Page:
Google Docs: While it’s technically possible to use comments as a workaround to improve meeting planning and collaboration on Google Docs, staying organized requires constant management. Google Docs does integrate with other apps through add-ons, but its integrations can’t compare to Evernote, OneNote, or Hugo. You can use Google Docs on any web browser, Android, or iOS device.
Evernote: It’s hard to beat Evernote as an individual note-taking solution, but using it with a team is difficult, particularly if you’re using the free version. Also, it provides no specific features for meeting planning or organization. Evernote does boast sophisticated search and organization functionalities, though it will take some time to make full use of its tagging features. If you're only taking notes for yourself and not planning on sharing them, Evernote might be a good pick.
OneNote: OneNote shines for users who want the simplicity of a familiar interface to other Microsoft products. However, features to enable meeting planning are in short supply on OneNote and it’s geared more towards individual note-taking rather than collaboration. You can organize using tags and notebooks (like with Evernote).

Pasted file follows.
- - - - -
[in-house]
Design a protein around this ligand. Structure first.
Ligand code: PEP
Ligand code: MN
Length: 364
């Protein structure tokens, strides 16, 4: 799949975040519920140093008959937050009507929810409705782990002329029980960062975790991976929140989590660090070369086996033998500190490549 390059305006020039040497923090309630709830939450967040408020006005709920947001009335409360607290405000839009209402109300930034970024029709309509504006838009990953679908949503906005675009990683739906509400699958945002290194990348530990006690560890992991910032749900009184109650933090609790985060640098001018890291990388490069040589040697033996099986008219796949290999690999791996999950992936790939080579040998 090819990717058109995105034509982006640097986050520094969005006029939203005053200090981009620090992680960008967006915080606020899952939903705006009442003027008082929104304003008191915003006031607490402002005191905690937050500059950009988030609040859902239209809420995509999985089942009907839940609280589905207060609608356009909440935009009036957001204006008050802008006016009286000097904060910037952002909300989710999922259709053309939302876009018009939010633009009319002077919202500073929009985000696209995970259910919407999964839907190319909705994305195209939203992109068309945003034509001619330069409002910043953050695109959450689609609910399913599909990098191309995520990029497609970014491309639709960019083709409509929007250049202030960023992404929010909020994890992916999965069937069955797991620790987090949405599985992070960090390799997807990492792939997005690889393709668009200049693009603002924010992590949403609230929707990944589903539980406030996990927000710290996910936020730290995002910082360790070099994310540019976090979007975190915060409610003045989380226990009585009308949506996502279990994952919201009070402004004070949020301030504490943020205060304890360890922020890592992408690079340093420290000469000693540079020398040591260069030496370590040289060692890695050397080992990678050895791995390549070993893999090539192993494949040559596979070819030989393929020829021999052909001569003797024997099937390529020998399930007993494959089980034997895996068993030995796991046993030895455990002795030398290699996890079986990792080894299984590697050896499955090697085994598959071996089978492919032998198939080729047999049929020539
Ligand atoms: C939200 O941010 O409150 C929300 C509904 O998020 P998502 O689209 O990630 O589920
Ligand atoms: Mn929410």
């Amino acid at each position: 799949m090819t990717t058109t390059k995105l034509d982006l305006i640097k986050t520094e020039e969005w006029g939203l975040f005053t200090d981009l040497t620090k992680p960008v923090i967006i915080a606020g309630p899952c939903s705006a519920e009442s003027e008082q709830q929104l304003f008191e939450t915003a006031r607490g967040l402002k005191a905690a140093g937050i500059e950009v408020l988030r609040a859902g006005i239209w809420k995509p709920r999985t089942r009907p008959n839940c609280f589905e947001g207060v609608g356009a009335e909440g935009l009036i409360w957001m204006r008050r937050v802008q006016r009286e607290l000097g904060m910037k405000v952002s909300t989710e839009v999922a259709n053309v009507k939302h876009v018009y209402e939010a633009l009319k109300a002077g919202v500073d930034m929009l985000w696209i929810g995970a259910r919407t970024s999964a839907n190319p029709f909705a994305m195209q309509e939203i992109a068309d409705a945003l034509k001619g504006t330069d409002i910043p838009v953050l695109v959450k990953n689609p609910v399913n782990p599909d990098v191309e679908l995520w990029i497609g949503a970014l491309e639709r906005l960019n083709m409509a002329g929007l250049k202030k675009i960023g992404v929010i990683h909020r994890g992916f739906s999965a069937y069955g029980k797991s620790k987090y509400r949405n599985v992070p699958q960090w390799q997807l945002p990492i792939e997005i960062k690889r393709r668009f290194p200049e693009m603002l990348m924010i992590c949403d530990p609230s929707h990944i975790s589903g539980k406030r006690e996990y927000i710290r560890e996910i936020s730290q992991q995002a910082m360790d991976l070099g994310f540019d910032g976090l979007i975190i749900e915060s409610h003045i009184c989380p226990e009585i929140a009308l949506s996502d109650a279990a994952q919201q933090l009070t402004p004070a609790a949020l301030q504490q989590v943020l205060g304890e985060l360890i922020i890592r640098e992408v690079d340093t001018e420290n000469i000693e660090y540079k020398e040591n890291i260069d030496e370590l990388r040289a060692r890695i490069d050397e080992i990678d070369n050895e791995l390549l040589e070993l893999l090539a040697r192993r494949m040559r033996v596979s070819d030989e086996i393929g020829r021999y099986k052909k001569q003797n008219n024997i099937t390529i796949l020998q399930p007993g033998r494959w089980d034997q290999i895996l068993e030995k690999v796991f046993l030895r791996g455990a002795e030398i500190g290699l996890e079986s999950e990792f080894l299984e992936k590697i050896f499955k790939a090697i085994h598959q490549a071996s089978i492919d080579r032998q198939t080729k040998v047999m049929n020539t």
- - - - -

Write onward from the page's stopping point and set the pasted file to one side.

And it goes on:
Notion: Notes within Notion are so powerful they’re almost mini-programs, but that power comes with a significant learning curve. Because you can tag colleagues in notes and integrate notes with tasks, Notion is a good option for meeting planning and collaboration. However, it’s easy to get overwhelmed by the interface which can make encouraging user adoption difficult.
Scheduling tools help streamline the effective planning and organization of meetings. What’s important when evaluating your choice for scheduling tools includes:
Calendly: A lightweight, simple design and fairly easy-to-use features make Calendly a popular option. Its integrations are robust, which makes working with video conferencing, CRM, payment, and analytics solutions quite easy.
As an individual, it’ll take a little time to configure your schedule, but it’s a very strong option for small teams right out of the box. Calendly can also be configured as an enterprise solution for larger businesses.
Rallly: Like some other scheduling tools, Rallly uses a polling system to help you find times that work for a large group of people. The comment section provided on the meeting page is also a nice touch. Other than that, Rallly is a basic scheduling tool, but that’s to be expected since it’s completely free. And because of its simplicity, Rallly is very easy to use.
For a free solution with basic functionality, Rallly is a great way to go.
Doodle: Like Rallly, Doodle provides a user-friendly polling system to streamline scheduling for large groups. While there is a free version, the premium version has additional features like custom branding, personalized URLs, 1-on-1 meetings, and the Doodle Bot for Slack.